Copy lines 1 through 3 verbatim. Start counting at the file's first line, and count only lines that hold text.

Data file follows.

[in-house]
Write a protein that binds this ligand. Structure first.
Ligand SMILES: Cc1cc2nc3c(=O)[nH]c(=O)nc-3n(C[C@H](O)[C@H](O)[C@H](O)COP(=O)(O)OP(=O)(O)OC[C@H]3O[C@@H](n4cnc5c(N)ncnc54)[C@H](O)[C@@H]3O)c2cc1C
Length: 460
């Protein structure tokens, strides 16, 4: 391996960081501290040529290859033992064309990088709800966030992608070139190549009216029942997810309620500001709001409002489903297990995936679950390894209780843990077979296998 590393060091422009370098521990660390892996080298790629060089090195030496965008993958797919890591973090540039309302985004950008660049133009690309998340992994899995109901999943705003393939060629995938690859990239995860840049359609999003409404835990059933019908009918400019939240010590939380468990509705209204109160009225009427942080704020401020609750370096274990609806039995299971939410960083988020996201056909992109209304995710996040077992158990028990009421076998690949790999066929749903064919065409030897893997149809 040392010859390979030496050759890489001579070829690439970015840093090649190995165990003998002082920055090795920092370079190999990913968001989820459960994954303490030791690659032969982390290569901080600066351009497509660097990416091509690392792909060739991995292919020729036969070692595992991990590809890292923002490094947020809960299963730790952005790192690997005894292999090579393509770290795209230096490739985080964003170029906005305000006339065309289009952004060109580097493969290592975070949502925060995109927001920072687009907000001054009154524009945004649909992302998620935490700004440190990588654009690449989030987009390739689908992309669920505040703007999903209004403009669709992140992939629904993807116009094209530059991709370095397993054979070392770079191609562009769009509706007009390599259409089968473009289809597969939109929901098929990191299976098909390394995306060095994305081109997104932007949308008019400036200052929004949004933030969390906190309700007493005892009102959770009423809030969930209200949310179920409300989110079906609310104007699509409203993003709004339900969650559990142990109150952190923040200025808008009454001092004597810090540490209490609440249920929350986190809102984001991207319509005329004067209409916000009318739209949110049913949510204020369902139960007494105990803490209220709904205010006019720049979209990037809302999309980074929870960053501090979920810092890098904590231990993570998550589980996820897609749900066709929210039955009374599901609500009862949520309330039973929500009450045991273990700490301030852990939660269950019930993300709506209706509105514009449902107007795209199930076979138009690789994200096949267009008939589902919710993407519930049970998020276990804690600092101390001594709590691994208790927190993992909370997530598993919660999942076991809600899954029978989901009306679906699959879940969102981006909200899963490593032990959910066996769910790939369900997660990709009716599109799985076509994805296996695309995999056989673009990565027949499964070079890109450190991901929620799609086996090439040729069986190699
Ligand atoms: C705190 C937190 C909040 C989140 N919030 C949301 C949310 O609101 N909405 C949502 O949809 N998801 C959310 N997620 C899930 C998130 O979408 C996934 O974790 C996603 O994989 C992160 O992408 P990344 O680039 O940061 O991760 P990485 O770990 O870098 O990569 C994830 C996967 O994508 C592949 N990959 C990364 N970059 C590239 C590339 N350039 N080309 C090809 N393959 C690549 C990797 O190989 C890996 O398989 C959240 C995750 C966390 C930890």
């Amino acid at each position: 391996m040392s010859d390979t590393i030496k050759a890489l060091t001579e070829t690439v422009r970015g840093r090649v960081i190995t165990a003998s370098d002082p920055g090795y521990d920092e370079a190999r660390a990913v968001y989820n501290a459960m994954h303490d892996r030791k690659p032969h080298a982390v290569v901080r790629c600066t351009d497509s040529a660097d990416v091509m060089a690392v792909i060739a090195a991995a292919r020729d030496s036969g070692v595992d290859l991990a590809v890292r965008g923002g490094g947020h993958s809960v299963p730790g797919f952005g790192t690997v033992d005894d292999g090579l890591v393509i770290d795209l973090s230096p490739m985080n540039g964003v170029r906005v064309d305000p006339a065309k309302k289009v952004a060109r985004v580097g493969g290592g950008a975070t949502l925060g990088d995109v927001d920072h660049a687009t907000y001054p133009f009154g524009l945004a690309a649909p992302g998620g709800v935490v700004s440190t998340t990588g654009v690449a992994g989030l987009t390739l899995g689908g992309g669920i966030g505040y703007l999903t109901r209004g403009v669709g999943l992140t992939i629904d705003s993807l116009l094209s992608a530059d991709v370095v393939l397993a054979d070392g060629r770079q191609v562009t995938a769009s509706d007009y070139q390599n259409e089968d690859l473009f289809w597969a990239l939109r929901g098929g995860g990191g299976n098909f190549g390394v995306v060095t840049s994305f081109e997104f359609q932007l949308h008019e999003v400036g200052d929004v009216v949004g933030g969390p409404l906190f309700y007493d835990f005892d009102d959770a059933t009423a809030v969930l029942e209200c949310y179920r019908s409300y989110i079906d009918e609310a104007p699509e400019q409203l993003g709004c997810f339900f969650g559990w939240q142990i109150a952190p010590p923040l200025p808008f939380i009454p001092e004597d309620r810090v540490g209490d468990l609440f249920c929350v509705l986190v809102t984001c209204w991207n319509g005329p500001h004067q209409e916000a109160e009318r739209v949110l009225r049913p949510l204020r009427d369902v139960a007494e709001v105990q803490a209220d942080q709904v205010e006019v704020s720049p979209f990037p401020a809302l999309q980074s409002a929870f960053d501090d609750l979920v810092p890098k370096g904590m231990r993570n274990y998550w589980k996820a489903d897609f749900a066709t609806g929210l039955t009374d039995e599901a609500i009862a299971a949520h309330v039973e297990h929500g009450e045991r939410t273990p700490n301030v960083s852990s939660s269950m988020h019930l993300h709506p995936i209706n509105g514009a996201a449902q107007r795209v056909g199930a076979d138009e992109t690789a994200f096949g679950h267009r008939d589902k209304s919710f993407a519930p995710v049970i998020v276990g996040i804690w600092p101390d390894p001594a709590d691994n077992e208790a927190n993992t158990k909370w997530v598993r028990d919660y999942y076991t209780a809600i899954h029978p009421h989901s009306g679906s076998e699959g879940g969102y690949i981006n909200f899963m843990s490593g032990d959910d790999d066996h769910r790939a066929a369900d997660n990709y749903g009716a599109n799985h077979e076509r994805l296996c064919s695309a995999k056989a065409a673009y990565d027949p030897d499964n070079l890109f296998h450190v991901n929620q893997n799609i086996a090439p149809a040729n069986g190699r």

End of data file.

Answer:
[in-house]
Write a protein that binds this ligand. Structure first.
Ligand SMILES: Cc1cc2nc3c(=O)[nH]c(=O)nc-3n(C[C@H](O)[C@H](O)[C@H](O)COP(=O)(O)OP(=O)(O)OC[C@H]3O[C@@H](n4cnc5c(N)ncnc54)[C@H](O)[C@@H]3O)c2cc1C